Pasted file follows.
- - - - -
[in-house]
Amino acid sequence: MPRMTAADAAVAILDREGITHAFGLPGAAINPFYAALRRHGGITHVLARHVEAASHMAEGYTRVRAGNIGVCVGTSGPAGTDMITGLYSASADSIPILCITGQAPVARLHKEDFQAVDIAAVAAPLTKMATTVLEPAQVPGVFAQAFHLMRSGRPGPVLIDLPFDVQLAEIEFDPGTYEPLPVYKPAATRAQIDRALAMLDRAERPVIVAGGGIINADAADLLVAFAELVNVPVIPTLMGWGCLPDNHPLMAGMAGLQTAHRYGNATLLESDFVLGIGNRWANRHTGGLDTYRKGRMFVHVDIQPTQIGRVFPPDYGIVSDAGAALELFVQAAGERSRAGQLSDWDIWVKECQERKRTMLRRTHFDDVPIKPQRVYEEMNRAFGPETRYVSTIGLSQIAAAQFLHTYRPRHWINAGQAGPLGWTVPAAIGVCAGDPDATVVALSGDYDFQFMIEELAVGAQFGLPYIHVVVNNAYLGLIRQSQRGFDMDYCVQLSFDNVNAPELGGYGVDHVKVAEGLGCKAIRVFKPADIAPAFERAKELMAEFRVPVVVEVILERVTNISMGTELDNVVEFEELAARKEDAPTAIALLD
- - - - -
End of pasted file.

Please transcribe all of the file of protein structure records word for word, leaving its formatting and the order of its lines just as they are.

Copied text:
[in-house]
Amino acid sequence: MPRMTAADAAVAILDREGITHAFGLPGAAINPFYAALRRHGGITHVLARHVEAASHMAEGYTRVRAGNIGVCVGTSGPAGTDMITGLYSASADSIPILCITGQAPVARLHKEDFQAVDIAAVAAPLTKMATTVLEPAQVPGVFAQAFHLMRSGRPGPVLIDLPFDVQLAEIEFDPGTYEPLPVYKPAATRAQIDRALAMLDRAERPVIVAGGGIINADAADLLVAFAELVNVPVIPTLMGWGCLPDNHPLMAGMAGLQTAHRYGNATLLESDFVLGIGNRWANRHTGGLDTYRKGRMFVHVDIQPTQIGRVFPPDYGIVSDAGAALELFVQAAGERSRAGQLSDWDIWVKECQERKRTMLRRTHFDDVPIKPQRVYEEMNRAFGPETRYVSTIGLSQIAAAQFLHTYRPRHWINAGQAGPLGWTVPAAIGVCAGDPDATVVALSGDYDFQFMIEELAVGAQFGLPYIHVVVNNAYLGLIRQSQRGFDMDYCVQLSFDNVNAPELGGYGVDHVKVAEGLGCKAIRVFKPADIAPAFERAKELMAEFRVPVVVEVILERVTNISMGTELDNVVEFEELAARKEDAPTAIALLD